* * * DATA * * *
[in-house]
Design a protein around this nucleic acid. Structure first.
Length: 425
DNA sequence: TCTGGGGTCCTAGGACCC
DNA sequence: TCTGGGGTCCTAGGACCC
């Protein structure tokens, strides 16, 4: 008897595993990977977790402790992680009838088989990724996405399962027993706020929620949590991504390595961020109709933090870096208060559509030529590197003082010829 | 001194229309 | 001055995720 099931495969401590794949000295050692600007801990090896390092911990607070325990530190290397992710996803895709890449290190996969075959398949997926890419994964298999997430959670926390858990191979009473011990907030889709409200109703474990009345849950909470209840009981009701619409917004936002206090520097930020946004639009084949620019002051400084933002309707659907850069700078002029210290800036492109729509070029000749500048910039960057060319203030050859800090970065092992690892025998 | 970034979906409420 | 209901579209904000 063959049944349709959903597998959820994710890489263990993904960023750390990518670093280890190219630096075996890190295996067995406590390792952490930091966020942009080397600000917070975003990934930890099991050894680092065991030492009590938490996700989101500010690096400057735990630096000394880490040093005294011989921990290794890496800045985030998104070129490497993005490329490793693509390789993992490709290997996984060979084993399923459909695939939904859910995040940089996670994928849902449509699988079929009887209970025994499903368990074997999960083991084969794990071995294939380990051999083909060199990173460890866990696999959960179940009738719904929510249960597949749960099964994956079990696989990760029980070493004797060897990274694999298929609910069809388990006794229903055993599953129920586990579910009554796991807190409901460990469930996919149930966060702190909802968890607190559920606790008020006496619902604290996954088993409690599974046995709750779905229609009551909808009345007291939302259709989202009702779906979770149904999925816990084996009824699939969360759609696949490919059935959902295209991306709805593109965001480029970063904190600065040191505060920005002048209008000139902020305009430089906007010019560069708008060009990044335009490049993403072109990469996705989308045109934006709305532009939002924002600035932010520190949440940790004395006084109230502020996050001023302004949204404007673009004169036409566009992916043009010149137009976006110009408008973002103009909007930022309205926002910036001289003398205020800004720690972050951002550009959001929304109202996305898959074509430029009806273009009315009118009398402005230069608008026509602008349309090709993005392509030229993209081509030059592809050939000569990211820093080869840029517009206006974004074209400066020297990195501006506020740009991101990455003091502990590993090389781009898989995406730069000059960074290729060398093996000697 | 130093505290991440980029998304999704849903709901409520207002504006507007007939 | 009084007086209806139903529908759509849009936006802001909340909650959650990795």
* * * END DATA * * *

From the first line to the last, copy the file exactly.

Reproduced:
[in-house]
Design a protein around this nucleic acid. Structure first.
Length: 425
DNA sequence: TCTGGGGTCCTAGGACCC
DNA sequence: TCTGGGGTCCTAGGACCC
């Protein structure tokens, strides 16, 4: 008897595993990977977790402790992680009838088989990724996405399962027993706020929620949590991504390595961020109709933090870096208060559509030529590197003082010829 | 001194229309 | 001055995720 099931495969401590794949000295050692600007801990090896390092911990607070325990530190290397992710996803895709890449290190996969075959398949997926890419994964298999997430959670926390858990191979009473011990907030889709409200109703474990009345849950909470209840009981009701619409917004936002206090520097930020946004639009084949620019002051400084933002309707659907850069700078002029210290800036492109729509070029000749500048910039960057060319203030050859800090970065092992690892025998 | 970034979906409420 | 209901579209904000 063959049944349709959903597998959820994710890489263990993904960023750390990518670093280890190219630096075996890190295996067995406590390792952490930091966020942009080397600000917070975003990934930890099991050894680092065991030492009590938490996700989101500010690096400057735990630096000394880490040093005294011989921990290794890496800045985030998104070129490497993005490329490793693509390789993992490709290997996984060979084993399923459909695939939904859910995040940089996670994928849902449509699988079929009887209970025994499903368990074997999960083991084969794990071995294939380990051999083909060199990173460890866990696999959960179940009738719904929510249960597949749960099964994956079990696989990760029980070493004797060897990274694999298929609910069809388990006794229903055993599953129920586990579910009554796991807190409901460990469930996919149930966060702190909802968890607190559920606790008020006496619902604290996954088993409690599974046995709750779905229609009551909808009345007291939302259709989202009702779906979770149904999925816990084996009824699939969360759609696949490919059935959902295209991306709805593109965001480029970063904190600065040191505060920005002048209008000139902020305009430089906007010019560069708008060009990044335009490049993403072109990469996705989308045109934006709305532009939002924002600035932010520190949440940790004395006084109230502020996050001023302004949204404007673009004169036409566009992916043009010149137009976006110009408008973002103009909007930022309205926002910036001289003398205020800004720690972050951002550009959001929304109202996305898959074509430029009806273009009315009118009398402005230069608008026509602008349309090709993005392509030229993209081509030059592809050939000569990211820093080869840029517009206006974004074209400066020297990195501006506020740009991101990455003091502990590993090389781009898989995406730069000059960074290729060398093996000697 | 130093505290991440980029998304999704849903709901409520207002504006507007007939 | 009084007086209806139903529908759509849009936006802001909340909650959650990795």